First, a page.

The title says it all. There, I admit it. For myself and so many others that have played these games since childhood, the announcement of Let’s Go! was, to say the least, a disappointment. Cries of shock and horror were heard all across the internet; “It’s just a kids game!”, “The graphics look terrible!”, “No one asked for Pokémon GO 2!”, et cetera et cetera. I openly acknowledge that I was one of those swept up in the hate, claiming that this game was simply a rehash of the first generation adventures, and it’s graphics and gameplay choices were obviously intended to draw in the younger generation and the fans of the hit mobile spinoff Pokémon GO. We believed there was nothing here for the long time series veterans and competitively-minded fans. I still mostly stand by these points; Nintendo definitely knew what audiences it was trying to appeal to.
However, lost in the swath of raging fanboys and gatekeeping nerds, I feel like I lost sight of something quite important to me and this series as a whole. For years now a large majority of the fanbase, present company included, felt that Pokémon had lost some of its luster. It was very difficult to put a finger on what it was that we thought was missing, and with each new entry to the series the issue only grew. In my, (humble), opinion the fourth generation games were the last to feel truly whole as a Pokémon experience, though as anyone who has played these games for more than a few years will know that opinion varies greatly with who you ask. Diamond, Pearl and Platinum were, for me, the last games to possess a great deal of something the series relied so heavily on; heart.
Simply put, many of the recent games in the series don’t feel like Pokémon anymore. These games that we grew to love as children all those years ago have become a warped amalgamation of what they once were, and while some of the charm certainly remains today it’s simply not the same. You can make the argument that involving oneself in the competitive scene will bring about this change in cognition, and that argument definitely has some weight to it. The games became less of an adventure with the friends you trust and count on and more of a regular numbers game RPG, of which thousands can be found elsewhere. Pokémon held something far greater than that for the millions it encaptured; a sense of camaraderie and childlike wonder the likes of which have remained almost entirely unchallenged. Who can forget the first time they beat the Elite Four and thought they had finished the game, only to find their rival waiting as the champion for one last battle? Or the time when it seemed like the fate of the world was at stake as Groudon and Kyogre raged against one another, until Rayquaza descended from the sky and quelled the terrifying behemoths? Modern day Pokémon doesn’t lack these great and memorable moments, but these older titles had the heart to make them stick with us for years.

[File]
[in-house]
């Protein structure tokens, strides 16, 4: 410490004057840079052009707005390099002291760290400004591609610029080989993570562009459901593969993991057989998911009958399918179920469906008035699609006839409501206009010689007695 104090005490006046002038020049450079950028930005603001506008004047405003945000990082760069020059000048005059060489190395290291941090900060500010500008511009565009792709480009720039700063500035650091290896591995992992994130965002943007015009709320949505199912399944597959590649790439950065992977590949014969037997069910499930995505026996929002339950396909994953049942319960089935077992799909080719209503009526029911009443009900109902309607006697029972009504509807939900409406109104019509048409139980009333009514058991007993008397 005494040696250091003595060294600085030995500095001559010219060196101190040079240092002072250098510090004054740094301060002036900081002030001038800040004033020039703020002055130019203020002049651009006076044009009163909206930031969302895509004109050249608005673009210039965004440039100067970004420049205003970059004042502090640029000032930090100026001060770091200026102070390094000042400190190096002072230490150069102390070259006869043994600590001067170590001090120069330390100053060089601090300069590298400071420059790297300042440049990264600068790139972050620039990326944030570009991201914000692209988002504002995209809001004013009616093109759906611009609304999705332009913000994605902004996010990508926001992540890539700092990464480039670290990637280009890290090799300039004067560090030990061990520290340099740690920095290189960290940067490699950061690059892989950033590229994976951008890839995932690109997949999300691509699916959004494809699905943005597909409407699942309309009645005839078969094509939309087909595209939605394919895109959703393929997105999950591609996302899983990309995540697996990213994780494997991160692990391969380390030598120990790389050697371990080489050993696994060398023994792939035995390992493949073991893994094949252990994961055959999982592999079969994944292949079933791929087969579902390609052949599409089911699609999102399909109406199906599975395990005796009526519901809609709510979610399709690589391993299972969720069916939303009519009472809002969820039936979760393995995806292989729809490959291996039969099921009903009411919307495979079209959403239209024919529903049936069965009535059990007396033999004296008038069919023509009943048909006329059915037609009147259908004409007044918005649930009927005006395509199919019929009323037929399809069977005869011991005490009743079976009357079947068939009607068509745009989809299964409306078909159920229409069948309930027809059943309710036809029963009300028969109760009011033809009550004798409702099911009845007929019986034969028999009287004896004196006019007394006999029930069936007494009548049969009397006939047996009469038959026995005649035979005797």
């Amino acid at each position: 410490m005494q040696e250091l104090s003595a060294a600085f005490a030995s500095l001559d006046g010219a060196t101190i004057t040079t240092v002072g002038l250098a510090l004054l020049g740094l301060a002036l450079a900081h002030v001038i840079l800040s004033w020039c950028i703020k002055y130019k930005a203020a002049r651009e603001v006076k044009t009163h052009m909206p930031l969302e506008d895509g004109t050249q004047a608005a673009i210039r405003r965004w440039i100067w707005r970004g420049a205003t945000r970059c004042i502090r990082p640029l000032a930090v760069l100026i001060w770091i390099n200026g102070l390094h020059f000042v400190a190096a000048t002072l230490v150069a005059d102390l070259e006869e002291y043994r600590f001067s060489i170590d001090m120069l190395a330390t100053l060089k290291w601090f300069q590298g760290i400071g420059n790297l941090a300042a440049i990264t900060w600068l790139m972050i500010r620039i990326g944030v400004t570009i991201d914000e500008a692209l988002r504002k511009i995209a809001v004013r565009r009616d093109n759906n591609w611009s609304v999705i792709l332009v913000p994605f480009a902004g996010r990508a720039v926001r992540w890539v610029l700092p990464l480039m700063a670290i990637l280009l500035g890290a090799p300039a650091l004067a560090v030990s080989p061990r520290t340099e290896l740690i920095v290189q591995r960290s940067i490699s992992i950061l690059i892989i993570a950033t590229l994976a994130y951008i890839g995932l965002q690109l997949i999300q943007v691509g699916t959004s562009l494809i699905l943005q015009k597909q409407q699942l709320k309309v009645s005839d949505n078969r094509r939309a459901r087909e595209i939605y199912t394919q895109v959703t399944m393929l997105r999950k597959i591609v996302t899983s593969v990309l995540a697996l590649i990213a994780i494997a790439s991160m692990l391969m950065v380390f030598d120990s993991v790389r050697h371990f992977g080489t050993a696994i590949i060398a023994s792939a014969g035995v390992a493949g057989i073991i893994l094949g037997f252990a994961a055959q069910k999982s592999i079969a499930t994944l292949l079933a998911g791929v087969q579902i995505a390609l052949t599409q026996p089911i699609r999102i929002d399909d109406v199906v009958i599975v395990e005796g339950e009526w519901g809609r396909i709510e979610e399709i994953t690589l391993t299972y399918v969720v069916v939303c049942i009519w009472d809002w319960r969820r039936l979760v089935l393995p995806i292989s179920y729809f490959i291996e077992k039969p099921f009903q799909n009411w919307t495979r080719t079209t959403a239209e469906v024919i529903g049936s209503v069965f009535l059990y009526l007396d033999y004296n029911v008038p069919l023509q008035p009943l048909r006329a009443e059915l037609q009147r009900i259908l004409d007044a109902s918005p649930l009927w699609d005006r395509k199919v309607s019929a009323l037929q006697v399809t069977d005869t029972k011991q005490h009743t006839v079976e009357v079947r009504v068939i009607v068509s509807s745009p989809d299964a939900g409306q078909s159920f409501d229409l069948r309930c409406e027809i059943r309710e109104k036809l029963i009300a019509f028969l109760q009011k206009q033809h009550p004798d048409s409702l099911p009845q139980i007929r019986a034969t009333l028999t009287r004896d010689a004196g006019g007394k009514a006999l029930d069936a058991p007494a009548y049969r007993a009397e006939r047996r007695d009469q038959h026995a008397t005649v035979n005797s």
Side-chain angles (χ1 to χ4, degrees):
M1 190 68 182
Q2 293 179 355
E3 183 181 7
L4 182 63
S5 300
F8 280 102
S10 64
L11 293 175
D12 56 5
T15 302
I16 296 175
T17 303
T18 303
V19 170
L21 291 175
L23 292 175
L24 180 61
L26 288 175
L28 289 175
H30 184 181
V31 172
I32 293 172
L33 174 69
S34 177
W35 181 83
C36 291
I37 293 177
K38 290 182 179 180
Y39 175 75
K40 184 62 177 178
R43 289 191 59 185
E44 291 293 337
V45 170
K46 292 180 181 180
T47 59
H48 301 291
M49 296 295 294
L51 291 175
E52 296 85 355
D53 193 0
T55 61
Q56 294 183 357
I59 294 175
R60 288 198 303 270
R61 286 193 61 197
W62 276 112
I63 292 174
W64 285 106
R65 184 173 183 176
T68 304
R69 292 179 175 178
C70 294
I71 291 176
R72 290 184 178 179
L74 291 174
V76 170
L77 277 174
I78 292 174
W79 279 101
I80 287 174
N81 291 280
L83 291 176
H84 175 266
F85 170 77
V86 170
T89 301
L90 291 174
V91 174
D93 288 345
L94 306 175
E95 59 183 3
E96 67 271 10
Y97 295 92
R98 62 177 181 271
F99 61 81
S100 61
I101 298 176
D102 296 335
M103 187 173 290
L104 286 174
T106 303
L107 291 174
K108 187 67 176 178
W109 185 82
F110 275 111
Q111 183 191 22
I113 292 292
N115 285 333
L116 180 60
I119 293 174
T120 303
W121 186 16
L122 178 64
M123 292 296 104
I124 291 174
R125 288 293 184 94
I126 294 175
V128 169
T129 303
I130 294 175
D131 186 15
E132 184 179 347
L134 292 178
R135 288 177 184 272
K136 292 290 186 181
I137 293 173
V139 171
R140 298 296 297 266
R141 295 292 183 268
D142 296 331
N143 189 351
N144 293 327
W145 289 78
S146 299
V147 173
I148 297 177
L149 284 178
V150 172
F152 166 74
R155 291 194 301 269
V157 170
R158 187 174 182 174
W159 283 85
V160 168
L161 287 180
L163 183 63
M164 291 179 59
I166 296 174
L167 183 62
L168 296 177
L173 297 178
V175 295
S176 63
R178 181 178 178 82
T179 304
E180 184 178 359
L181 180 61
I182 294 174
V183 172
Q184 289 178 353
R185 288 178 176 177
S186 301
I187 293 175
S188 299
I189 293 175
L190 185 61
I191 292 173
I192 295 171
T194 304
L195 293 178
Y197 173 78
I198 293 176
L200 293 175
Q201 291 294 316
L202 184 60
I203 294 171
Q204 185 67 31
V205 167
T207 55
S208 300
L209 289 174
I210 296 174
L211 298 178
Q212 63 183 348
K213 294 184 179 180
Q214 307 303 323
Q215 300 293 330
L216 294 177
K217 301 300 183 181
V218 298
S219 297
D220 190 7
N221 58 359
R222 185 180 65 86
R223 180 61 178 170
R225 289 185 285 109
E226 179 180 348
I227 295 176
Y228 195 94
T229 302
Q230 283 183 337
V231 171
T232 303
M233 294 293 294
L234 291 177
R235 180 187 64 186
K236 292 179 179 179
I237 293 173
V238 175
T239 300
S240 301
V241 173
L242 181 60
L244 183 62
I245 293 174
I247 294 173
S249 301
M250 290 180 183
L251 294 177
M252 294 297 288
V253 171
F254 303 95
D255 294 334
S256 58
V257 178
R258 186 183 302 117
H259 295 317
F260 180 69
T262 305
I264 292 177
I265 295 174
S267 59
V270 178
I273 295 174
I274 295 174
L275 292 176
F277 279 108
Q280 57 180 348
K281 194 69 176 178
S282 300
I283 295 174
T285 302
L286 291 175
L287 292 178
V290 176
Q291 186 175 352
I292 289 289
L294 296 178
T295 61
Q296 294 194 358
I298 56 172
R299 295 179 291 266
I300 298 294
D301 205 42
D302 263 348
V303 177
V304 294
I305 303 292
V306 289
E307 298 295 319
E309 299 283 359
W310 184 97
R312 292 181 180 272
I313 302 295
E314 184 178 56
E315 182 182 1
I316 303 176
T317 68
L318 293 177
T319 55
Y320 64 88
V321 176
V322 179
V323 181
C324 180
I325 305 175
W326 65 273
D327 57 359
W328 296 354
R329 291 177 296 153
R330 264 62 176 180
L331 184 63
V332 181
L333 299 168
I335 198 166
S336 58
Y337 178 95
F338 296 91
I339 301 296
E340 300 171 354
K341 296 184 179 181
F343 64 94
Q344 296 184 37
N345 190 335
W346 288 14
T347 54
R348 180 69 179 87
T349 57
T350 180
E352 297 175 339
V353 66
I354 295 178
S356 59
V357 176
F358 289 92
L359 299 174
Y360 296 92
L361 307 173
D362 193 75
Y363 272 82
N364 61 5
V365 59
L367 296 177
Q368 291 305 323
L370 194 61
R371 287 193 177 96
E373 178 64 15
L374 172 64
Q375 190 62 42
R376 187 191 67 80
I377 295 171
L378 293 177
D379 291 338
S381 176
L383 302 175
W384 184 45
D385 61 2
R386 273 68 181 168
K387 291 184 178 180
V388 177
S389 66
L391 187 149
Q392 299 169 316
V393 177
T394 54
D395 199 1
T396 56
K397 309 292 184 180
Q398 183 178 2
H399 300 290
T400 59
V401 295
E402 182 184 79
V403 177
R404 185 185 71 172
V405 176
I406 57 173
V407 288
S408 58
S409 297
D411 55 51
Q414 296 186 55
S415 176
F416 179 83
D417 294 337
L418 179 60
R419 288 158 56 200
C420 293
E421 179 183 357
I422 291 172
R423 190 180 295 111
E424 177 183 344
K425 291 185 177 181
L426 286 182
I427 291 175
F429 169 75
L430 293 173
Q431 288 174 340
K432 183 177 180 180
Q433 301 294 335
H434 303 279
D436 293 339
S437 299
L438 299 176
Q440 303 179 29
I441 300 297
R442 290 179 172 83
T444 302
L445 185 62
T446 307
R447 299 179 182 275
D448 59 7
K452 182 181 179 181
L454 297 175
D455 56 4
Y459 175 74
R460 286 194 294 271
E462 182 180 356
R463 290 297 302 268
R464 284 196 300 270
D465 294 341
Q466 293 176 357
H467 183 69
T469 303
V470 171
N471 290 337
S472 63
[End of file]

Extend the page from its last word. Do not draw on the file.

Okay, enough nostalgia, what does this have to do with Let’s Go? If you haven’t figured it out by now, I’m of the opinion that this game actually does bring a lot of heart back to what we love. For once, I’ve actually been able to put my finger on where this comes from. Remember that age old mantra from the late ‘90s that followed Pokémon everywhere it went, “Gotta Catch ‘Em All”? That was once the very core of the series, and during the initial craze of the first few generations it held a lot of weight, due to it being actually achievable. The first couple of generations practically forced players to trade and play together to all reach that same goal, which was a wonderful mirror to Pokémon’s main theme of people working alongside each other and their Pokémon.
But as the years went on and the number of catchable creatures grew to a staggering number, that goal became far less realistic. What was once a communal challenge where people from all walks of life came together to reach the same goal and “catch ‘em all” now exists as an indifference to the newly released creatures and, more importantly, the other people playing the game. Therein lies the heart of the issue; catching new Pokémon simply doesn’t matter to many people anymore. 80% of the new Pokémon are revealed in trailers before a game is released, so the joy and wonder of stumbling across something fresh and exciting is ripped away from the games that need it the most.
Let’s Go shrinks the enormous roster down to the much more manageable original 151, plus a few Alolan variants from the new games. Just like the old games players must now rely on not only their own skill and dedication, but each other as well to get their hands on every available Pokémon in-game. In a way I think, and hope, that this will grant these games a much needed breath of fresh air, and bring people together again in a way not seen for probably about a decade.
Ultimately, nostalgia is a powerful thing, and Let’s Go has that in spades for anyone who grew up with the first generation games, or even for people like me who started with the third gen remakes. Let’s Go is not perfect by any means; many of the gameplay choices lead to the games being remarkably easy, even for newcomers that were brought in by Pokémon GO, and it’s that real lack of difficulty that sets it apart from its predecessors. It would also be nice to be able to actually battle and weaken wild Pokémon so it feels like you earned them on your team, but at least you still can for the Legendaries and Trainer battles.
This game may still not be for you, as it’s certainly a niche pickup with games like Smash Ultimate right round the corner. But if you’re like me and are brushing the game off because it’s “for kids” or something similar, I only ask that you give it a chance and, perhaps for the first time in a long time, actually have fun with a Pokémon game.